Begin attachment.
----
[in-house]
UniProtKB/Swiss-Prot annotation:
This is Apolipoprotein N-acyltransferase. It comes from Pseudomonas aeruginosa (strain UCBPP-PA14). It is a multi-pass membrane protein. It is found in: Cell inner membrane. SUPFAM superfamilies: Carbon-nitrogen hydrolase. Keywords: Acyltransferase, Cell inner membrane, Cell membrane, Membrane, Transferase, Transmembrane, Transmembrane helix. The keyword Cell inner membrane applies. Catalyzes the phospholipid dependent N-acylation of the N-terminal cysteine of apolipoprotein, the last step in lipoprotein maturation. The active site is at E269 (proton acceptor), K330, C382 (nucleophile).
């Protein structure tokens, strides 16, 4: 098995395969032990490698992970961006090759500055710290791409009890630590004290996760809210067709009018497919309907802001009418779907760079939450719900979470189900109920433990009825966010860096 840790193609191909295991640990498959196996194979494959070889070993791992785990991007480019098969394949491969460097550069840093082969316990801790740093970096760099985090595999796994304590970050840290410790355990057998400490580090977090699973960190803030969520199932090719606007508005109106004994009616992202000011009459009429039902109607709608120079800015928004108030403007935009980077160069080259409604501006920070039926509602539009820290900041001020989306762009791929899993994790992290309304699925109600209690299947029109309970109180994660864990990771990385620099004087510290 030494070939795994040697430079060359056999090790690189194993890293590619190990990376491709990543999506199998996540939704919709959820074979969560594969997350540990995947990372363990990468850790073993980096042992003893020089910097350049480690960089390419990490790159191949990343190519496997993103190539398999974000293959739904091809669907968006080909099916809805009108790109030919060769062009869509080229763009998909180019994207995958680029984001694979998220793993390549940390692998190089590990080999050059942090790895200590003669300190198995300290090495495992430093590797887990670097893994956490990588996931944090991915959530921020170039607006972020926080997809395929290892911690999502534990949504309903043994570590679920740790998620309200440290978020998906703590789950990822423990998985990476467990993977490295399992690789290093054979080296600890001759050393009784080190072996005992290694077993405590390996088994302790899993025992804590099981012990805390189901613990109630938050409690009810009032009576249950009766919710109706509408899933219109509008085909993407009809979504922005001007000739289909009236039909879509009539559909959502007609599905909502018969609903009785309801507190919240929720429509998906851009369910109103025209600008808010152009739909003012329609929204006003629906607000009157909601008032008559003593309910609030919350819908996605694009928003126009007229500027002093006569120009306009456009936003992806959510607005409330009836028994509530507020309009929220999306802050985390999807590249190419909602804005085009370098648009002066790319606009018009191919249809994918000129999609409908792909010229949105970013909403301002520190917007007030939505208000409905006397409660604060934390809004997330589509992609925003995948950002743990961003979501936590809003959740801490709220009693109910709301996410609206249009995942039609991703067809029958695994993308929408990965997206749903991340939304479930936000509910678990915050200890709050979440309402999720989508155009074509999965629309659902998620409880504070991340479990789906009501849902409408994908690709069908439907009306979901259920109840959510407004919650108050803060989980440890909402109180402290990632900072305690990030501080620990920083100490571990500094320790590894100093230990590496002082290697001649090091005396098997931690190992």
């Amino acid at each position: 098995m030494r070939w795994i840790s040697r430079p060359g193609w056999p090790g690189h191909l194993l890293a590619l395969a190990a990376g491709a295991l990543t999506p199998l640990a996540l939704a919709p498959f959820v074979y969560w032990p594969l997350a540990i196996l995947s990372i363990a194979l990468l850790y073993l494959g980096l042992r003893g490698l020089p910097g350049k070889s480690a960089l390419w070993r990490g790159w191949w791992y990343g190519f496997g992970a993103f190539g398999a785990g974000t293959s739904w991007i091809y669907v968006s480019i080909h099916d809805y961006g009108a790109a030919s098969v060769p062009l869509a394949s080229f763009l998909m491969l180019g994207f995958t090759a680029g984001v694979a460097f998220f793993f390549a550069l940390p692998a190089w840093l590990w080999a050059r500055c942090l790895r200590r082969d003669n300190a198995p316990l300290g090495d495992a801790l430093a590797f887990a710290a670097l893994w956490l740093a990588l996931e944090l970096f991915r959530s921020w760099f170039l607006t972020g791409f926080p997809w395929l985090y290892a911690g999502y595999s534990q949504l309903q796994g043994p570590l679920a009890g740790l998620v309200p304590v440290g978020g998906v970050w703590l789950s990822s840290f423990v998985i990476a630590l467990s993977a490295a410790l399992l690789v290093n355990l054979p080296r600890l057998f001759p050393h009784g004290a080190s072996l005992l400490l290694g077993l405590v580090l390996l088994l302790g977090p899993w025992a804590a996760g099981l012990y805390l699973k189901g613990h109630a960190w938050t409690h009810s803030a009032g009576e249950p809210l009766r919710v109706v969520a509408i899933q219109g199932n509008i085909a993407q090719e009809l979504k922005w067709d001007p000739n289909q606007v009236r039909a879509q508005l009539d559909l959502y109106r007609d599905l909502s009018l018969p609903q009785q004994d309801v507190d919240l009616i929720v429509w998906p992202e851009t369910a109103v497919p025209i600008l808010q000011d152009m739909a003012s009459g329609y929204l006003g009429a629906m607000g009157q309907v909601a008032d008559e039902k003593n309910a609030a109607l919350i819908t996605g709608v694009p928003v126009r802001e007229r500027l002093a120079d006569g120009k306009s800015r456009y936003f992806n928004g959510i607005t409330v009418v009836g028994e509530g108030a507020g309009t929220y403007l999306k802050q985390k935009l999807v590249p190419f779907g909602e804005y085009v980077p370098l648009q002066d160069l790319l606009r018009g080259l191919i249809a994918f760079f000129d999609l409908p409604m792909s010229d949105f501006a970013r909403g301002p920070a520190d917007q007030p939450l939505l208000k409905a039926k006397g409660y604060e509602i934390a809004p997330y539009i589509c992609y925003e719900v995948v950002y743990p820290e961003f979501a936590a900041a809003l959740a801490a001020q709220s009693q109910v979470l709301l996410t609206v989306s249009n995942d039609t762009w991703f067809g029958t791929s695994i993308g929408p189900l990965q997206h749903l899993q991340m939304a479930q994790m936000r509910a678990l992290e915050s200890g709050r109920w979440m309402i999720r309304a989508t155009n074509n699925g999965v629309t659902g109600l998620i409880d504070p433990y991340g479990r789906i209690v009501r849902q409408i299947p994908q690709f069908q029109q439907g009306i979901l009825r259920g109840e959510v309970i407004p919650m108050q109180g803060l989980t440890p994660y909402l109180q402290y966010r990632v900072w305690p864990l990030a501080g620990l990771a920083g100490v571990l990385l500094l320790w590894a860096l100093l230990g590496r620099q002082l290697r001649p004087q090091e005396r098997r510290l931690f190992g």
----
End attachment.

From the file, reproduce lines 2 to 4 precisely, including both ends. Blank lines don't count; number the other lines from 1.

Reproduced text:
UniProtKB/Swiss-Prot annotation:
This is Apolipoprotein N-acyltransferase. It comes from Pseudomonas aeruginosa (strain UCBPP-PA14). It is a multi-pass membrane protein. It is found in: Cell inner membrane. SUPFAM superfamilies: Carbon-nitrogen hydrolase. Keywords: Acyltransferase, Cell inner membrane, Cell membrane, Membrane, Transferase, Transmembrane, Transmembrane helix. The keyword Cell inner membrane applies. Catalyzes the phospholipid dependent N-acylation of the N-terminal cysteine of apolipoprotein, the last step in lipoprotein maturation. The active site is at E269 (proton acceptor), K330, C382 (nucleophile).
């Protein structure tokens, strides 16, 4: 098995395969032990490698992970961006090759500055710290791409009890630590004290996760809210067709009018497919309907802001009418779907760079939450719900979470189900109920433990009825966010860096 840790193609191909295991640990498959196996194979494959070889070993791992785990991007480019098969394949491969460097550069840093082969316990801790740093970096760099985090595999796994304590970050840290410790355990057998400490580090977090699973960190803030969520199932090719606007508005109106004994009616992202000011009459009429039902109607709608120079800015928004108030403007935009980077160069080259409604501006920070039926509602539009820290900041001020989306762009791929899993994790992290309304699925109600209690299947029109309970109180994660864990990771990385620099004087510290 030494070939795994040697430079060359056999090790690189194993890293590619190990990376491709990543999506199998996540939704919709959820074979969560594969997350540990995947990372363990990468850790073993980096042992003893020089910097350049480690960089390419990490790159191949990343190519496997993103190539398999974000293959739904091809669907968006080909099916809805009108790109030919060769062009869509080229763009998909180019994207995958680029984001694979998220793993390549940390692998190089590990080999050059942090790895200590003669300190198995300290090495495992430093590797887990670097893994956490990588996931944090991915959530921020170039607006972020926080997809395929290892911690999502534990949504309903043994570590679920740790998620309200440290978020998906703590789950990822423990998985990476467990993977490295399992690789290093054979080296600890001759050393009784080190072996005992290694077993405590390996088994302790899993025992804590099981012990805390189901613990109630938050409690009810009032009576249950009766919710109706509408899933219109509008085909993407009809979504922005001007000739289909009236039909879509009539559909959502007609599905909502018969609903009785309801507190919240929720429509998906851009369910109103025209600008808010152009739909003012329609929204006003629906607000009157909601008032008559003593309910609030919350819908996605694009928003126009007229500027002093006569120009306009456009936003992806959510607005409330009836028994509530507020309009929220999306802050985390999807590249190419909602804005085009370098648009002066790319606009018009191919249809994918000129999609409908792909010229949105970013909403301002520190917007007030939505208000409905006397409660604060934390809004997330589509992609925003995948950002743990961003979501936590809003959740801490709220009693109910709301996410609206249009995942039609991703067809029958695994993308929408990965997206749903991340939304479930936000509910678990915050200890709050979440309402999720989508155009074509999965629309659902998620409880504070991340479990789906009501849902409408994908690709069908439907009306979901259920109840959510407004919650108050803060989980440890909402109180402290990632900072305690990030501080620990920083100490571990500094320790590894100093230990590496002082290697001649090091005396098997931690190992």